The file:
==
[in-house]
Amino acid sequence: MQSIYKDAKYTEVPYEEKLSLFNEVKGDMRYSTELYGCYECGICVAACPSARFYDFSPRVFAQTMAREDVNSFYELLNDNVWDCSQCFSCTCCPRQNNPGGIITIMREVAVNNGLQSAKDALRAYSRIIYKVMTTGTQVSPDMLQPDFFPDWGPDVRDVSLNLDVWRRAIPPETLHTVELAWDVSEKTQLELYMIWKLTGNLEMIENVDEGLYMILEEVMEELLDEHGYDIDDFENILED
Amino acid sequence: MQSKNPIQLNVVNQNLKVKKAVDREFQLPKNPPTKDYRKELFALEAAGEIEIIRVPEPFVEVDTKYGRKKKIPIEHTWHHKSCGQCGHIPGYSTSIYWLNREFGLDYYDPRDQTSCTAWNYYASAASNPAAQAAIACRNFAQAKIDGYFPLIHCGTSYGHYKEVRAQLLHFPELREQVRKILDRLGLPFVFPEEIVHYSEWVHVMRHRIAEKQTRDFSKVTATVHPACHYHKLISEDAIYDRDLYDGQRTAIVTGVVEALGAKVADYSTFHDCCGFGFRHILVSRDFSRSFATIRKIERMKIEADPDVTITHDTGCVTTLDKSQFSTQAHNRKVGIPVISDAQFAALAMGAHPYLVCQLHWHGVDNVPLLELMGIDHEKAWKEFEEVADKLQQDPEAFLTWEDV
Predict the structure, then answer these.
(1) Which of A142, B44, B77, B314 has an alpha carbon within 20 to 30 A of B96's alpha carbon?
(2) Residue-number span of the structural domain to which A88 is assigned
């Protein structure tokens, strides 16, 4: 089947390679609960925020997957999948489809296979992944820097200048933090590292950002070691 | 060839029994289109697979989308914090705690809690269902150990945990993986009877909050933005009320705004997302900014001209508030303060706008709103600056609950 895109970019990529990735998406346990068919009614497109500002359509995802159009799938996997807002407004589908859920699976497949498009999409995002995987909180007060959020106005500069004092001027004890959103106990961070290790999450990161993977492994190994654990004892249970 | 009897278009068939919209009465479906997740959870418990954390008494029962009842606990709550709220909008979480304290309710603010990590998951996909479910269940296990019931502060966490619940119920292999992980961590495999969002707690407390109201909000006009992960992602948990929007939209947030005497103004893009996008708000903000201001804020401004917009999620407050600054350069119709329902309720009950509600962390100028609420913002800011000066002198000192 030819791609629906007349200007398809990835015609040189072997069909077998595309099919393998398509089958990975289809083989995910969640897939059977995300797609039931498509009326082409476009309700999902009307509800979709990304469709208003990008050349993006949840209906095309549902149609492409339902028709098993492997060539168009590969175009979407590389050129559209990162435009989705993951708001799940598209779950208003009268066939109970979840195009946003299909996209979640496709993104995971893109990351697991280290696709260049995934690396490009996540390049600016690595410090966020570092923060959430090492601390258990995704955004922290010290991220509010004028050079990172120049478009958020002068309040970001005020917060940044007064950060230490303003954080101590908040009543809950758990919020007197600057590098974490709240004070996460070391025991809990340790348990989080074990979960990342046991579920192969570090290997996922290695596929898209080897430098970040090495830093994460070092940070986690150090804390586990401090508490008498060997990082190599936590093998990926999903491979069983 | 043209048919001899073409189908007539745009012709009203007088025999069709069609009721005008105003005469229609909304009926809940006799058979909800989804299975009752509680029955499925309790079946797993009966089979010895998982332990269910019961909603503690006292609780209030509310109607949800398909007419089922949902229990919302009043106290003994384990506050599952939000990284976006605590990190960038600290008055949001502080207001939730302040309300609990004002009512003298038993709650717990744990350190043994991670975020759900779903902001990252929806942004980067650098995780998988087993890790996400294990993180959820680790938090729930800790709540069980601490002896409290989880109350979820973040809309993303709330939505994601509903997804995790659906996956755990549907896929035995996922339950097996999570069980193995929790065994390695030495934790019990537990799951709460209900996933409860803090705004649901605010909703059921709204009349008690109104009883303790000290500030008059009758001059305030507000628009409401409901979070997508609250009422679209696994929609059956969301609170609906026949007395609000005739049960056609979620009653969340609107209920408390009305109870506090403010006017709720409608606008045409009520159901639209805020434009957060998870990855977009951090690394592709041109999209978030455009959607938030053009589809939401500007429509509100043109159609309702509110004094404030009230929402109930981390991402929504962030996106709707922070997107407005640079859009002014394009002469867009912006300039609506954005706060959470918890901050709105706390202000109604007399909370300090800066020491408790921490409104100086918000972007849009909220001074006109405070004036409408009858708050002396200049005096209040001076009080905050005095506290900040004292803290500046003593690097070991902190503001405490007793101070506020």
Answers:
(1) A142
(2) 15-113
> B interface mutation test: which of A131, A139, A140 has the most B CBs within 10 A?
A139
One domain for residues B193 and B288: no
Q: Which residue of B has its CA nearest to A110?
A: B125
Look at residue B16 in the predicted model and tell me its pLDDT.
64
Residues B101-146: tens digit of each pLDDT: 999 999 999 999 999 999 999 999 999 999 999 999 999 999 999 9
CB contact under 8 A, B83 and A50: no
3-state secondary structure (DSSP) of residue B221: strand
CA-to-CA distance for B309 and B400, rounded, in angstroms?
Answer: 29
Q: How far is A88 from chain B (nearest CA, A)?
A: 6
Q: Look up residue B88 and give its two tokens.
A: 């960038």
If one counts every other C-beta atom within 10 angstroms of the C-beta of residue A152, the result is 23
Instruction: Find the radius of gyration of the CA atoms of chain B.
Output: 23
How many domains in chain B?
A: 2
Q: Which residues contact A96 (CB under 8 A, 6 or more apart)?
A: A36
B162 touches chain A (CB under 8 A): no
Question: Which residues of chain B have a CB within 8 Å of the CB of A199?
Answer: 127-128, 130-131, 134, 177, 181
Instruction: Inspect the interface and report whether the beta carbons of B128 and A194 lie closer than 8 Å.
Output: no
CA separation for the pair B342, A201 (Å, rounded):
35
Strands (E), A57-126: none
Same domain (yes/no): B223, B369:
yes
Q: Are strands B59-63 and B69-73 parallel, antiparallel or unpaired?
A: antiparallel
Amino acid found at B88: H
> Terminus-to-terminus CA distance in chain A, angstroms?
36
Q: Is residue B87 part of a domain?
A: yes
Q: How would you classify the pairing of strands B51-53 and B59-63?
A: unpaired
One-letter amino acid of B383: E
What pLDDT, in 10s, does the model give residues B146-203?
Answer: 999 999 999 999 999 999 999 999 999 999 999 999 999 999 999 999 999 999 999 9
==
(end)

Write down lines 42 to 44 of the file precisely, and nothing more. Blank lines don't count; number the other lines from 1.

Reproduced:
Same domain (yes/no): B223, B369:
yes
Q: Are strands B59-63 and B69-73 parallel, antiparallel or unpaired?